Live Notes from TechStars, Part 1

I’m here on the Microsoft campus in Mountain View, watching the company presentations at TechStars. TechStars is YCombinator for Colorado, with Brad Feld substituting for Paul Graham as the godfather. Here’s what I thought of what I saw.

Ignighter: Social network for group dating. Looks interesting, but since I’ve been married since 1998, I don’t have a lot of expertise to judge.

Devver: Developer tools in the cloud (Ruby testing). Instead of running tests locally, you run them in the cloud instead. Great presentation–they use a side-by-side comparison to show the improved test speed, and keep hammering home the key point: Devver reduces the amount of time your developers wait around for test results by 75%. $100/developer/month. I also like the fact that the founders have known each other since the 6th grade. Looks like a winner to me.

Foodzie: Etsy for food. Founder worked at Fresh Market running their e-commerce program; realized that small artisan producers needed a better place to reach their customers. Foodzie provides a custom-branded store, does the payment processing, and provides the shipping label for the producer to ship the product. $0.60 per transaction, plus 20% commission (very eBay). This disintermediates the traditional retail channel, which takes 60% of the retail price.

Great idea, but what is the differentiator? I know that they are different from Amazon, etc. (no warehouse, let producers share their story, community for foodies) but what about copycats? It helps that the team has experience and relationships already. Met as frosh at Virginia Tech.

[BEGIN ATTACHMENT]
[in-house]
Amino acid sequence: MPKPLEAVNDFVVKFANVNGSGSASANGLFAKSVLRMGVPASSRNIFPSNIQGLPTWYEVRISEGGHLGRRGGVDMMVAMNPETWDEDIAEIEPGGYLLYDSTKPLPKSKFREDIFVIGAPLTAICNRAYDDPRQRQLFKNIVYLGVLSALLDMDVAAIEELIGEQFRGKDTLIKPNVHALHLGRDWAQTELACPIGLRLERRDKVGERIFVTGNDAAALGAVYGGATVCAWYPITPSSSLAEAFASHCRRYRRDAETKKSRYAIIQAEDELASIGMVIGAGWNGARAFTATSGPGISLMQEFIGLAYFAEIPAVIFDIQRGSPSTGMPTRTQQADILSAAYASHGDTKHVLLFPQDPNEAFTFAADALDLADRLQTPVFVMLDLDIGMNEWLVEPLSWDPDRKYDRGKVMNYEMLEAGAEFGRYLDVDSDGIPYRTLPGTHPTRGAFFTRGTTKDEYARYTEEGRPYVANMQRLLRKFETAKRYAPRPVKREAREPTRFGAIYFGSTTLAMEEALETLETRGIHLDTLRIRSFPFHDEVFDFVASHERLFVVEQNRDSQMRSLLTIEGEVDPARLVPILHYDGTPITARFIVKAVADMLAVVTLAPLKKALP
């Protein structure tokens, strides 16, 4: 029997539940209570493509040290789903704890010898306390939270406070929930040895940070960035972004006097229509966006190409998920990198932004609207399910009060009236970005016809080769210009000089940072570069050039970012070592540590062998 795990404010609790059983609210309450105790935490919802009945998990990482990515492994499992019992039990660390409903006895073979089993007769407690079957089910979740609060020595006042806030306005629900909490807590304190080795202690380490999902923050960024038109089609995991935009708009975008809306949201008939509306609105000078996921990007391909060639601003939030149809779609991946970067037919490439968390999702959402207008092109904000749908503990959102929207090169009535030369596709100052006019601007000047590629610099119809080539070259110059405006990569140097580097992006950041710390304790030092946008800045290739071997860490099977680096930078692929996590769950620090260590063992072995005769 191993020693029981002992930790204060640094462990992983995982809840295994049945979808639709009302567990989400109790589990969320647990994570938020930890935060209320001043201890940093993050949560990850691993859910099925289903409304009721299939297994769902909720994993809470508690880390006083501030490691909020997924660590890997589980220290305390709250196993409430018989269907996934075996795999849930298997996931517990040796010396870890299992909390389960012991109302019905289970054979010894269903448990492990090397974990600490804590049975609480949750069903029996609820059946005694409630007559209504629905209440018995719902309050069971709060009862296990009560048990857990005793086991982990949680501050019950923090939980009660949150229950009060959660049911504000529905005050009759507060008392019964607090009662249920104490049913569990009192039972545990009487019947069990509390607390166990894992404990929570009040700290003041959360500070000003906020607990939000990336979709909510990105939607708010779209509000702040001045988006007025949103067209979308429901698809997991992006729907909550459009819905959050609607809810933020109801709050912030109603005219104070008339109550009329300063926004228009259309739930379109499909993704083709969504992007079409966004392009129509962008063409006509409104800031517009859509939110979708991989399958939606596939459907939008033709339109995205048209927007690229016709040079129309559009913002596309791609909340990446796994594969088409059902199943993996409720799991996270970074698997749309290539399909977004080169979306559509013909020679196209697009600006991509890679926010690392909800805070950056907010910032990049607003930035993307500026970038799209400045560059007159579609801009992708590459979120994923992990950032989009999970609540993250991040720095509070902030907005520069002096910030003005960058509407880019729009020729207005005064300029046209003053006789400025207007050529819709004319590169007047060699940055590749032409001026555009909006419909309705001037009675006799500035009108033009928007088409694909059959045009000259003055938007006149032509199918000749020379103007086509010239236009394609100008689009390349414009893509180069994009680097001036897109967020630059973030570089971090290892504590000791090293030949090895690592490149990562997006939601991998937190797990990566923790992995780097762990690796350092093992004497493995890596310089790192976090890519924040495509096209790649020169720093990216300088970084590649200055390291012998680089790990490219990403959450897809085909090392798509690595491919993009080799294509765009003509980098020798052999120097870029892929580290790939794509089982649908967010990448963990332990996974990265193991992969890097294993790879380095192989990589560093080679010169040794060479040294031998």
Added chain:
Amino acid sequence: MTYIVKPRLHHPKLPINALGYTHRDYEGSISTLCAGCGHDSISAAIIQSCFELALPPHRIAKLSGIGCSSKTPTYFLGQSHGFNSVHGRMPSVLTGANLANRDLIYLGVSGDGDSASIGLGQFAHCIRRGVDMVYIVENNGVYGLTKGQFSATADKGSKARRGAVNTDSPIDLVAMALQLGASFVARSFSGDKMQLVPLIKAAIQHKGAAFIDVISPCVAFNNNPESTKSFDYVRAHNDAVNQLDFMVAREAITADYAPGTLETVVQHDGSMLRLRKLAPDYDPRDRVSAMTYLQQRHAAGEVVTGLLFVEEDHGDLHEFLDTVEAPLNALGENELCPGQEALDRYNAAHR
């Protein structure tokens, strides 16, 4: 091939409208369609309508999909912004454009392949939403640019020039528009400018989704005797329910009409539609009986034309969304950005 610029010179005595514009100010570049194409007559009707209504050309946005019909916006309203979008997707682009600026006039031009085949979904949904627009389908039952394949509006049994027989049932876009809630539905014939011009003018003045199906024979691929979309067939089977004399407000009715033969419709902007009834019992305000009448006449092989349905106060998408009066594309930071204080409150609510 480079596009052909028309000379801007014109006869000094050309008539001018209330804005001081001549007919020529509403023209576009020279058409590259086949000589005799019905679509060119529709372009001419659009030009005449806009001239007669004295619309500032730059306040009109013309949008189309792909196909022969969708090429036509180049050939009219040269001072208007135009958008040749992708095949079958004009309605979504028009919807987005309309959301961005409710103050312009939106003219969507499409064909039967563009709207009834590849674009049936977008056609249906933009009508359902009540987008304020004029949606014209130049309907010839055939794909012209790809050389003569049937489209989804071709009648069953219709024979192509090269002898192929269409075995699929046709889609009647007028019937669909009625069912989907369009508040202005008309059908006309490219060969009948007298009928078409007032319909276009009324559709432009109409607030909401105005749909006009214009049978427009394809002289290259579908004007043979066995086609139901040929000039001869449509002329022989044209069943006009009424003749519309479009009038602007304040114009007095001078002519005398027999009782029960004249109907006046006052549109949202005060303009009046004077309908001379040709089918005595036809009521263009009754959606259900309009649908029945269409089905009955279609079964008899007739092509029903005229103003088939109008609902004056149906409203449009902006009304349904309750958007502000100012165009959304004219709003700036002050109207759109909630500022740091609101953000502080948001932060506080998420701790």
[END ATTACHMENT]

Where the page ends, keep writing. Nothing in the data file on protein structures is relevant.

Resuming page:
Travelfli: Mint for frequent flyer programs. Aggregates information from all your frequent flyer programs, notifies you when awards become available, makes it easy to book.

Focused on elite frequent flyers (17 million; 9 trips/year; responsible for 58% of all flights taken–$298 billion/year). This would be a huge benefit for management consultants…maybe promote with McKinsey, HBS, et al?

The team dressed up as airline pilots. Cute, but didn’t add much. They have an experienced team, and has an airline exec on board, which is critical. Is there any threat from airline sites trying to block their screen scrapers? I think it’s a great product for niche audience.

Gyminee: Google Analytics + Weight Watchers. Track your fitness, use social networking to keep yourself motivated. App is available online and on the iPhone. User-created workouts with video. Interesting, but it seems like a lot of work for people who aren’t motivated to get fit. They are getting good traction; 50,000 users, 800 paying users, 1.3 million PV/month. No advertising to date. Focused on the male market, vs. most such services which are targeted at women.

Intense Debate: Blog comments 2.0. Correctly focus on the publisher benefit: “Measurably increases subscriber engagement and repeat visitors.” Toni Schneider just announced the acquisition of Intense Debate. Now if only Matt can make the application run faster….

1 thought on “Live Notes from TechStars, Part 1

  1. Devver – Not a bad idea, but even if your developers time saved is worth 100 dollars a month, I don’t know of many ruby shops that will pay it. Their best bet is to allow the smaller shops to all piggyback on one account.

    Foodzie – Etsy is a good model to copy, but it’s true they have no competitive advantage except eventual network effects. Still, the reason Etsy worked is that is was supportive to very non-technical people, if Foodzie can offer that same comfort to artisans they may do well.

    Note: Editing post to remote Intense Debate comment, turns out I had them confused with another company.

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